Waxman is widely seen as being a lot more open to climate change legislation and more progressive in general than Dingell, who (as Detroit's protector in D.C.) has virtually single-handedly stopped any improvement in fuel economy standards and has also fought every common-sense safety law for the car industry -- for three decades now. Waxman is also a feisty chairman, so this committee should prove to be both highly effective and also highly entertaining in the upcoming term.

Speaker of the House Nancy Pelosi should also get an Honorable Mention here for helping Waxman's insurgent push for the chairmanship behind the scenes. Pelosi has butted heads with Dingell in the past, and has every right to support her own picks for committee chairs.

So for bringing great expectations to progressives across the country by his successful leadership challenge, Representative Henry Waxman is hereby awarded his third Most Impressive Democrat Of The Week award.

Well done, Chairman!

{Congratulate Representative Henry Waxman via his House contact page to let him know you appreciate his efforts.}

 



While there were a few disappointments this week, laying blame for some of them would be tough. The Lieberman vote was a secret ballot, so we have no way of knowing which way any particular Democratic senator voted. The whole Hillary Secretary of State sideshow of leaks was annoying in its inconclusiveness (which cased me to make a rash prediction which may prove foolish), but leaks are, by definition, anonymous. Meaning while both were disappointing, it's hard to send a Most Disappointing Democrat Of The Week statuette to "an unnamed source."

So we'll have to settle on some sour grapes made public just after the Waxman victory was announced. Because Waxman was not "in line" by dint of seniority for the post (Dingell was, which is why he had the chair in the first place), some Democrats felt this was a monstrously wrong thing to do. But the House is a lot less stringent about seniority than the Senate, meaning this sort of thing happens a lot more often.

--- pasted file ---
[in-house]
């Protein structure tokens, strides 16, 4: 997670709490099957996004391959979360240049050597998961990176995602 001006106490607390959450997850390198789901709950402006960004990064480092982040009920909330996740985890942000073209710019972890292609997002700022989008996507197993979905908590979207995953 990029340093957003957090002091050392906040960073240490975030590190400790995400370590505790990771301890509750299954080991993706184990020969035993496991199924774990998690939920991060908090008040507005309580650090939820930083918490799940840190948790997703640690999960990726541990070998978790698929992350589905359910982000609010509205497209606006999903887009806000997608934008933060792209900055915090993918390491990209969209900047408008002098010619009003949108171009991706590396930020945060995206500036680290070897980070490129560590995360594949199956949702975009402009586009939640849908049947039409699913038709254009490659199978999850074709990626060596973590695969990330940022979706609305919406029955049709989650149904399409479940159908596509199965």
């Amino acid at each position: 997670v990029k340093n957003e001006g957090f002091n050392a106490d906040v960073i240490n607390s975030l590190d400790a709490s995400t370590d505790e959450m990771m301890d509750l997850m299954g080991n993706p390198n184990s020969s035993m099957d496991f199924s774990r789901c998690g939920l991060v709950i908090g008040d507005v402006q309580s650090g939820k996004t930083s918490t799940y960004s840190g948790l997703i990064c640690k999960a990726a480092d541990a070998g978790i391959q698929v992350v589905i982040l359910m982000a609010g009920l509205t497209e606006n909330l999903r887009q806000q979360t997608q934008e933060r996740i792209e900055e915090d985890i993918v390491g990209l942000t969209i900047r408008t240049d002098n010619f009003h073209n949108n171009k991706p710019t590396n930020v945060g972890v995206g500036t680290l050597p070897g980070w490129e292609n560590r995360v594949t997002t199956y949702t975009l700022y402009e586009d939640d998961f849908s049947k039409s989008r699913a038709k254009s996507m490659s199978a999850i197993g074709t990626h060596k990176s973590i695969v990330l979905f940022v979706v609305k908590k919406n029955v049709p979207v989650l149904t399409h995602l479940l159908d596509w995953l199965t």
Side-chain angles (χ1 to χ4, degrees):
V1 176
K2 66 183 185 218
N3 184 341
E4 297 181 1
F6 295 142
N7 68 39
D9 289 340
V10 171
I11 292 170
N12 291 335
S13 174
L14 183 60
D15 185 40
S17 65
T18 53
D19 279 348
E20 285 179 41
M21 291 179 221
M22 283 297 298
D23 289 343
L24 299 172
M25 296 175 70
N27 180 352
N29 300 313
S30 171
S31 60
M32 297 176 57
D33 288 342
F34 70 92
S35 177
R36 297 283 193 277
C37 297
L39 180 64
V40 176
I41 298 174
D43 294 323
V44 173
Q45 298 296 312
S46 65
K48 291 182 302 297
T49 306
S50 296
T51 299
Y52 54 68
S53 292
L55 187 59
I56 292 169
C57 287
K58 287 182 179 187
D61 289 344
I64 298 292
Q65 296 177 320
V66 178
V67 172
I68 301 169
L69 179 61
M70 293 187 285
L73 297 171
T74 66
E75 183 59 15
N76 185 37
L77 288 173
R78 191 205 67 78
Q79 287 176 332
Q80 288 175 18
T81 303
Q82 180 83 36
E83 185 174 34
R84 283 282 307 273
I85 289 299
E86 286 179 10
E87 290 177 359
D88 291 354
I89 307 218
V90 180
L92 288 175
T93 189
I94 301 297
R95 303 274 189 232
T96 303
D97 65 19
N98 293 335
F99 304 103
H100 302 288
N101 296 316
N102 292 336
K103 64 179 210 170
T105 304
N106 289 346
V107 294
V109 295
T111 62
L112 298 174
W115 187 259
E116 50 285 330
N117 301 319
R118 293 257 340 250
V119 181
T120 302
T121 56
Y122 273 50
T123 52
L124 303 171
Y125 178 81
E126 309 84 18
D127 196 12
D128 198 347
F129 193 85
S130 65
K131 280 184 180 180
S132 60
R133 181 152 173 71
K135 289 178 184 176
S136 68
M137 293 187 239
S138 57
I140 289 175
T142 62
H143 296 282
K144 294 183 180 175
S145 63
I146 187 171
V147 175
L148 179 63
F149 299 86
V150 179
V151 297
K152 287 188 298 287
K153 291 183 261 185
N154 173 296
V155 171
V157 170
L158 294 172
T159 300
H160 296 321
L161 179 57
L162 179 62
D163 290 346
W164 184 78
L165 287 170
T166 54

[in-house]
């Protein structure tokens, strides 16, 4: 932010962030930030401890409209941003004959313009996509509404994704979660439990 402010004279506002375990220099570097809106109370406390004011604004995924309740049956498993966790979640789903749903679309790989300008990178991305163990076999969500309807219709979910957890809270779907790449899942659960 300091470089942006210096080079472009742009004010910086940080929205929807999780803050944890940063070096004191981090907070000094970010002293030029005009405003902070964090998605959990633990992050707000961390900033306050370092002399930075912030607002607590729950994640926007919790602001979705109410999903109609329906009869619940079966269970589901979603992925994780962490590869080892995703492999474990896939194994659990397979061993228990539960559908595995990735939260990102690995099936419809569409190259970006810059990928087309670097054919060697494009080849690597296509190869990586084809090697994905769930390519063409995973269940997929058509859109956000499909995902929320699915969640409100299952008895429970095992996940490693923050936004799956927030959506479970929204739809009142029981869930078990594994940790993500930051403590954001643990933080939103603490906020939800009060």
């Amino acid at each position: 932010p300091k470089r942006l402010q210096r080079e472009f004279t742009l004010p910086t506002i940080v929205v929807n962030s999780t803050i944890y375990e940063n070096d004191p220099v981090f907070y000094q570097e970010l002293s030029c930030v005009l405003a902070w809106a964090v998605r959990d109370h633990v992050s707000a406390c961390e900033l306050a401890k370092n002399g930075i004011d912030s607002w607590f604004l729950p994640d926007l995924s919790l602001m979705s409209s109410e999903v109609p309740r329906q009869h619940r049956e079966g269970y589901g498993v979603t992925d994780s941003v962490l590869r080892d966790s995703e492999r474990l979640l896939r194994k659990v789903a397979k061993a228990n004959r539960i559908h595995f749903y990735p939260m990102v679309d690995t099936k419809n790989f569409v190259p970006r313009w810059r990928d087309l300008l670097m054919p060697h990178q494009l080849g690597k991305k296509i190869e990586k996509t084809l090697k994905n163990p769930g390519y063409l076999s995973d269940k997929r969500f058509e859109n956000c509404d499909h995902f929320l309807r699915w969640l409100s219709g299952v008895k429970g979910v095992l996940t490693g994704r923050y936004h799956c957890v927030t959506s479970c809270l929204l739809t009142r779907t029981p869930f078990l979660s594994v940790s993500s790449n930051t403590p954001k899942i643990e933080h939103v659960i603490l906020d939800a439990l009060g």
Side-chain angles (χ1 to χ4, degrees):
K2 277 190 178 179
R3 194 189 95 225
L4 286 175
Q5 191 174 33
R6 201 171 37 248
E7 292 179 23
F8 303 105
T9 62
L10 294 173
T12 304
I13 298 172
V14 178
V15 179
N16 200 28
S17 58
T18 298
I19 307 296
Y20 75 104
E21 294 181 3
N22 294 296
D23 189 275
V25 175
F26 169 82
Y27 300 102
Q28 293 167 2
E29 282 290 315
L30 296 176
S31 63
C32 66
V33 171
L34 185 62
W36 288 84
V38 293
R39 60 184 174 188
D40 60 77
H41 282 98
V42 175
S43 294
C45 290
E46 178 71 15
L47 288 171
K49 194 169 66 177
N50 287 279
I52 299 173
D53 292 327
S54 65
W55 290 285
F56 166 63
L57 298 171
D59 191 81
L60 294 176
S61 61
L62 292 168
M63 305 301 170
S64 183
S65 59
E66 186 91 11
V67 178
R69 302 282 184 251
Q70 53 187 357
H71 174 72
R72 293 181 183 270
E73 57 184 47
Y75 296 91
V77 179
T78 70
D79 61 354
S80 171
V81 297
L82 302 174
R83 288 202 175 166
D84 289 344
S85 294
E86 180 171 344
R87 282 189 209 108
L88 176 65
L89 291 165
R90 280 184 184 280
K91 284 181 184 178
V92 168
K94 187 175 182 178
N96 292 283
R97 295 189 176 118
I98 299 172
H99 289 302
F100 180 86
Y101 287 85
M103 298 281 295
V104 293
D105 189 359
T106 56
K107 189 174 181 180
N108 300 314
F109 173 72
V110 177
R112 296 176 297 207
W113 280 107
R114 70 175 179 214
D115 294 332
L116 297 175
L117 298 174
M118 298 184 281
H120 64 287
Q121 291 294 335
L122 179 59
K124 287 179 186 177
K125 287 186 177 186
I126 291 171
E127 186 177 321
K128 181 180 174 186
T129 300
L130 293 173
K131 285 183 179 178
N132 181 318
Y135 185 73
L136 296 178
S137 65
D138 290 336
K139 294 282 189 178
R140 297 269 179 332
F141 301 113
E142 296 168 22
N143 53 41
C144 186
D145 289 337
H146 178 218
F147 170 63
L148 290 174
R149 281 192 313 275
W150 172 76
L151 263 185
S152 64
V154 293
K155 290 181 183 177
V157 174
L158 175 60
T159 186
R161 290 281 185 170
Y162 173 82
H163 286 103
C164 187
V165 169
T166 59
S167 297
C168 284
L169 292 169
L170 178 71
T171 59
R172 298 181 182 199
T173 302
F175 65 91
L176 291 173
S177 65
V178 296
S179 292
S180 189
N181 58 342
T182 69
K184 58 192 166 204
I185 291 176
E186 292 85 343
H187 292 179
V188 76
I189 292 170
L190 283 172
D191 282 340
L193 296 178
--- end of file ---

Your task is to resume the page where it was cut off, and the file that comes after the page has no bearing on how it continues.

Chief among the Democrats outraged by this popular election of Waxman (or at least first to speak to the press about it) was Representative Charlie Rangel from New York. Rangel was immediately quoted describing the seniority system: "It's just been buried." About Nancy Pelosi, who was officially neutral and said she had not played a role in the leadership fight, Rangel quipped: "I assume that not playing a role is playing a role." He also called the idea "crazy" that she had not worked behind the scenes for Waxman.

For this display of petulance in the nation's news media, Charlie Rangel is awarded this week's Most Disappointing Democrat Of The Week. Looks like some in Washington still haven't gotten used to the idea that change is a-coming.

{Contact Representative Charlie Rangel via his House contact page to let him know what you think of his actions.}

 


Volume 56 (11/21/08)


The word "framing" has evolved with its entry into politics. It originally meant either (1) putting a decorative border around an artwork, or (2) figuring out what a camera would see before you shoot it (think: Hollywood directors holding up their fingers to make a rectangle, to see what shooting angle to use).

Then it began to be used in the political sphere. While it is now mostly used to describe political language and terminology ("estate tax" versus "death tax," for instance), it still retains some of its original meaning when talking about how a political event will play on television. This is the reason no politician appears at any event these days (it seems) without a backdrop complete with their "message" written endlessly on it (this is a fairly recent development in politics, it should be noted, but is now considered indispensable). Politicians "frame" the message of their speech with subliminal text-repetition behind them, to drive the point home with a sledgehammer.

Occasionally, a politician will get caught with a strange backdrop to a video interview (usually in some sort of ad hoc interview setting).

Sarah Palin just showed the world the difference between having nationally-experienced political consultants, and being a rural-state governor. Up until her defeat as John McCain's running mate, she had a top team of political operatives whose job it was to handle and spin her message as best they could. Now she does not.

Which explains why she was interviewed recently, after a "turkey-pardoning" event, with a man in the background slaughtering and draining the blood from turkeys. As political "framing" it is disastrous. You can watch the video if you'd like, to see what I mean.